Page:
Part of what makes these claims so fascinating is that they typically come from people who are presumably well versed in literature. And yet it’s as though they’ve never heard of Voltaire’s character Pangloss, and therefore don’t realize that they’re parodying Pangloss’s absurd faith that “All is for the best in the best of all possible worlds.” See also Theodicy, which Voltaire was lampooning in Candide:
Theodicy tries to justify the apparent imperfections of the world by claiming that it is optimal among all possible worlds. It must be the best possible and most balanced world, because it was created by an all powerful and all knowing God, who would not choose to create an imperfect world if a better world could be known to him or possible to exist. In effect, apparent flaws that can be identified in this world must exist in every possible world, because otherwise God would have chosen to create the world that excluded those flaws.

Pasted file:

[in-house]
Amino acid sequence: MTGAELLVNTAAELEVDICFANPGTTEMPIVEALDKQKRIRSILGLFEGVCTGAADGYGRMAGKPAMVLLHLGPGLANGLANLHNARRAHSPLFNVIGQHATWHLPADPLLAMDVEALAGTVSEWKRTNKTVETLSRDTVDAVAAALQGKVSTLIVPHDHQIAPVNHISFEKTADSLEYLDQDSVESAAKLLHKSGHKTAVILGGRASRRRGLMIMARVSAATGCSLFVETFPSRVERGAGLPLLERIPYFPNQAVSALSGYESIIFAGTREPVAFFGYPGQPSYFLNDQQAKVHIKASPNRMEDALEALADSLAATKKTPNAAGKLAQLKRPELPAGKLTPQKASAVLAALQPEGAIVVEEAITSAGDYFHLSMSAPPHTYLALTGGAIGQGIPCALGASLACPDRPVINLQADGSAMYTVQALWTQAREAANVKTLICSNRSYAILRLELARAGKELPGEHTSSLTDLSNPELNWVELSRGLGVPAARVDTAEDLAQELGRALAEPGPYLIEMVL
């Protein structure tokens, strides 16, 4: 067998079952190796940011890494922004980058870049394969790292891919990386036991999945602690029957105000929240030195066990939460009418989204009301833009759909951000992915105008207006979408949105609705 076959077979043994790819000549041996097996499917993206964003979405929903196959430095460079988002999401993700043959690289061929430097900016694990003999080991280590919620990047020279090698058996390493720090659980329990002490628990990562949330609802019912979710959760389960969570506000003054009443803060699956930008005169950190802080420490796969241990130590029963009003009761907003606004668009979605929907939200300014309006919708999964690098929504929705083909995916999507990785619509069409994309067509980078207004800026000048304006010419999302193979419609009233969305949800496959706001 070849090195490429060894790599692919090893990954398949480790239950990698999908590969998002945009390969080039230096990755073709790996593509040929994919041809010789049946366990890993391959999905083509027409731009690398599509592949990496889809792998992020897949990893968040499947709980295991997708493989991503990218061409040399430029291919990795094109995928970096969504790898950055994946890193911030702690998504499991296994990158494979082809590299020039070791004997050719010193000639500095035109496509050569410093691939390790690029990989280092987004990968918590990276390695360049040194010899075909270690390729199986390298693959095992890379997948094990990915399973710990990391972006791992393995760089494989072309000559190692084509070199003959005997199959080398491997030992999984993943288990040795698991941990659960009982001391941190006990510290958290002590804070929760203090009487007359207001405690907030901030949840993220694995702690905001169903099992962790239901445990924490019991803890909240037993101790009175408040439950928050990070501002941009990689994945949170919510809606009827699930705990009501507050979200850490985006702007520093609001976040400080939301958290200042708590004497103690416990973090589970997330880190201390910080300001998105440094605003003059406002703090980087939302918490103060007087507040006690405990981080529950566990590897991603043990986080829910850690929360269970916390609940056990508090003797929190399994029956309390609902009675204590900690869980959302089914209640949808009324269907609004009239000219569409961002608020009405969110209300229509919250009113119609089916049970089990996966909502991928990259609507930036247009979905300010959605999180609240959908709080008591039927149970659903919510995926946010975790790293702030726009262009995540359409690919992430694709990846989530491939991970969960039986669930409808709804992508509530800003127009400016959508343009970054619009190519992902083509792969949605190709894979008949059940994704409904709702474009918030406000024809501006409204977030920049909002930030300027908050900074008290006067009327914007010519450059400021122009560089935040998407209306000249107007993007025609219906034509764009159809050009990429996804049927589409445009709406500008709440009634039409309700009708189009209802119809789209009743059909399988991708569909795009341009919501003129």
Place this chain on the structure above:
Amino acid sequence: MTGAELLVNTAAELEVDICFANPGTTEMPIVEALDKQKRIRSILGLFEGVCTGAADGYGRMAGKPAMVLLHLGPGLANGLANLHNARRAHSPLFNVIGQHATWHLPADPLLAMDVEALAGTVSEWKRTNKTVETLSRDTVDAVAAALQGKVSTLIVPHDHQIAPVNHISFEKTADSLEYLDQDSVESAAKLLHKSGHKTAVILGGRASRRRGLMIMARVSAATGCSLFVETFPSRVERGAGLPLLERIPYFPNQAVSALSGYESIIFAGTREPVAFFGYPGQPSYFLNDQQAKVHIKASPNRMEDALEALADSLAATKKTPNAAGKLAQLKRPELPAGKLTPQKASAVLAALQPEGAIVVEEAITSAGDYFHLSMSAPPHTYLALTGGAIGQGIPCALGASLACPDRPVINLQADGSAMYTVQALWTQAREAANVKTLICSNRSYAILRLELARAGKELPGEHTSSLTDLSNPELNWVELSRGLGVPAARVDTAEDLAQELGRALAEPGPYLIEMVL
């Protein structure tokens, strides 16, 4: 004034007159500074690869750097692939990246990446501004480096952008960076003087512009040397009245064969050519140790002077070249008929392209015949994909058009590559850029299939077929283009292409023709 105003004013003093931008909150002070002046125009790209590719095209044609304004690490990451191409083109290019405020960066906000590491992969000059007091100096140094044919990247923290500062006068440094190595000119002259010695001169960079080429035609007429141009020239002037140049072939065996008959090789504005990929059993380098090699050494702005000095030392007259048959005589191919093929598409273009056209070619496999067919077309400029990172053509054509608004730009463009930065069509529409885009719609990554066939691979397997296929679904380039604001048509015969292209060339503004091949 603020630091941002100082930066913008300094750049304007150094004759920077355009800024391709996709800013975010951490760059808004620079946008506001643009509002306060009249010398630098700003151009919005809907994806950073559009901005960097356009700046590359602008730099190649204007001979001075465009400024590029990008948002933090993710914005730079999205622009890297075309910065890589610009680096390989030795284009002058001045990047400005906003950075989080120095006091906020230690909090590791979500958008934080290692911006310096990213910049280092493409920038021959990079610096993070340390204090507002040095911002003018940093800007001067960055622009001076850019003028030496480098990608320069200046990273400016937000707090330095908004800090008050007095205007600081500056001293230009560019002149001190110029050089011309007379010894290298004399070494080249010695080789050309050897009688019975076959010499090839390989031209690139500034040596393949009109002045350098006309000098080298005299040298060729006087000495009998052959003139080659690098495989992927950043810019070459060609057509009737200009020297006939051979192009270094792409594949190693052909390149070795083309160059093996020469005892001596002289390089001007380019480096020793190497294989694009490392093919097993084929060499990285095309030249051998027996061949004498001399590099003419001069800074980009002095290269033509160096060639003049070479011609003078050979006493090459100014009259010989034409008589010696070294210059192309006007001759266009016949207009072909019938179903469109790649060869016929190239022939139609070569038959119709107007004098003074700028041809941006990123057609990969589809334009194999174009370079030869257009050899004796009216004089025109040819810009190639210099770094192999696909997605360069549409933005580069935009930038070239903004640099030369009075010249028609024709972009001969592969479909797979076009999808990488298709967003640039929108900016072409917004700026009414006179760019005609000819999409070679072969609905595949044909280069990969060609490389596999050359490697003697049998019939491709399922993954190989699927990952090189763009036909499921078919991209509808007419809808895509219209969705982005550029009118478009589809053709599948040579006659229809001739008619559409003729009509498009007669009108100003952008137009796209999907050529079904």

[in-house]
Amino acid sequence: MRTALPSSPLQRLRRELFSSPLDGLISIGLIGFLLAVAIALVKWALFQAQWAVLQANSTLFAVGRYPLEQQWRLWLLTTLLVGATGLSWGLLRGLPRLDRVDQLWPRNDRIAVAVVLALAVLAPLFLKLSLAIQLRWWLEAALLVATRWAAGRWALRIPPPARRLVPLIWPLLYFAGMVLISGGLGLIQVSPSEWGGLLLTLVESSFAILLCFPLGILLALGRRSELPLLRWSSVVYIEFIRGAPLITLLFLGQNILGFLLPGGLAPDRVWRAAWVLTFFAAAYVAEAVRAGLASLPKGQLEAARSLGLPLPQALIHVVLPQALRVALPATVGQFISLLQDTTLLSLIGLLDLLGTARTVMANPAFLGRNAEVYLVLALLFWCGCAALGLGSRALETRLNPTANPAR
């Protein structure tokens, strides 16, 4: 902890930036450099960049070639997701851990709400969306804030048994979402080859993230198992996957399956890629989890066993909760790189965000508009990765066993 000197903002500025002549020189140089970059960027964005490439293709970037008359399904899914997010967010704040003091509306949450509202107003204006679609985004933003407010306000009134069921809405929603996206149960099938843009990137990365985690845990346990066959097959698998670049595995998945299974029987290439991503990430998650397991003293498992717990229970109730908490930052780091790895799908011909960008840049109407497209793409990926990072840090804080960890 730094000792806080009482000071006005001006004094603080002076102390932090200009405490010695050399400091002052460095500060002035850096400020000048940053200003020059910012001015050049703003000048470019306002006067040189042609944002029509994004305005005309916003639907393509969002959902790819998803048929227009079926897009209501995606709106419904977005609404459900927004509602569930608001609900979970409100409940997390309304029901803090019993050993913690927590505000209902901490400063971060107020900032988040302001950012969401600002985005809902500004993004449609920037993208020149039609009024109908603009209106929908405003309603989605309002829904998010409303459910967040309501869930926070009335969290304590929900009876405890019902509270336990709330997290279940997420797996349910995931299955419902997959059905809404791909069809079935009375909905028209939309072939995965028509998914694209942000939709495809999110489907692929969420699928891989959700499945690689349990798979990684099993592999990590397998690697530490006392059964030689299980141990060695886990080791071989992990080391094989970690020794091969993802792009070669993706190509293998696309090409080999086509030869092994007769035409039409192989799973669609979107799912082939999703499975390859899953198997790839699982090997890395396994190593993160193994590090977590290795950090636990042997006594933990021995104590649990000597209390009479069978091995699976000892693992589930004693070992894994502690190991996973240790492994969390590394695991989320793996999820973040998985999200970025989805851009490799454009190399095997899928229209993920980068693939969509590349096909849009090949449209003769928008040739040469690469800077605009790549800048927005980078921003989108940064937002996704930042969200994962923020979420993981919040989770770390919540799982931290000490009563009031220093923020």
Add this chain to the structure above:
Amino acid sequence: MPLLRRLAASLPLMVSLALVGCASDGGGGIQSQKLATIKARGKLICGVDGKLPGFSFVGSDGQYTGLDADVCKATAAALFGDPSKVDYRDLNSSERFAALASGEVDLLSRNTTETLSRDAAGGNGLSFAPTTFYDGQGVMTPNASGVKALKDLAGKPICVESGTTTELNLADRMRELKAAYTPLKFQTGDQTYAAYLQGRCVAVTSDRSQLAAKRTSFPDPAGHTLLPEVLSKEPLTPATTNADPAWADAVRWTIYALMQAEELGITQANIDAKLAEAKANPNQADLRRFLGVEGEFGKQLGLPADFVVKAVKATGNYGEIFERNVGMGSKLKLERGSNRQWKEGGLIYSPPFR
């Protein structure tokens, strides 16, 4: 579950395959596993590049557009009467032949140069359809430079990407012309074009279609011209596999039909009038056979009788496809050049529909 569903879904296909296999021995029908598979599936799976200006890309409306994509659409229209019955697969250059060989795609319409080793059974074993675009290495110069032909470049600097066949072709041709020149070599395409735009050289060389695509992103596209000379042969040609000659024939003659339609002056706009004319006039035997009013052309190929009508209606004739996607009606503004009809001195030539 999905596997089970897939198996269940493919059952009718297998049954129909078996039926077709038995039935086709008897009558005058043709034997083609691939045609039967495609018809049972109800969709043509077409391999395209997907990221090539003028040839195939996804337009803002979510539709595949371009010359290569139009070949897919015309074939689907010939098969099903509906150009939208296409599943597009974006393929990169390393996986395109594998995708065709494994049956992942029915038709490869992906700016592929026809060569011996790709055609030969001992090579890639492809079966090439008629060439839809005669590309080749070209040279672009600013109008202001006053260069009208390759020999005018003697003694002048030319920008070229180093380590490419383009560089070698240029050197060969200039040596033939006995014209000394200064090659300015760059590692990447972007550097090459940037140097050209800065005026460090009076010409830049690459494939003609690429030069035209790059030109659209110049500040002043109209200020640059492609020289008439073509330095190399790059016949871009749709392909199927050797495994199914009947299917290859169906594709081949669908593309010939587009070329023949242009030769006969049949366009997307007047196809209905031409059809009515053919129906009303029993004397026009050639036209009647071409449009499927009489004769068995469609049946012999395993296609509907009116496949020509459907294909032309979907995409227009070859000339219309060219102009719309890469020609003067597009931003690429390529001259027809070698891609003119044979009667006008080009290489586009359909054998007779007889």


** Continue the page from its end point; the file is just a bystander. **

Sound familiar? You see, legacy publishing (maybe we should rename it Best Possible System of Publishing) really is part of a rich literary tradition…
Fifth, legacy insiders believe that what’s best for society is corporate management, not human freedom. They would never say so explicitly, of course -- these days, overt support for aristocratic management of human affairs tends to be frowned upon -- but their real views always leak through. So:
We are going to have fewer great books and writers discovered in the coming years if there are fewer curators with the financial wherewithal to nurture them. And, no way around it, fewer publishing houses equals fewer curators. It's not a money thing, it's a diversity-of-perspective thing. One company -- no matter how high-minded and cleverly structured it is -- will offer fewer perspectives than many companies will.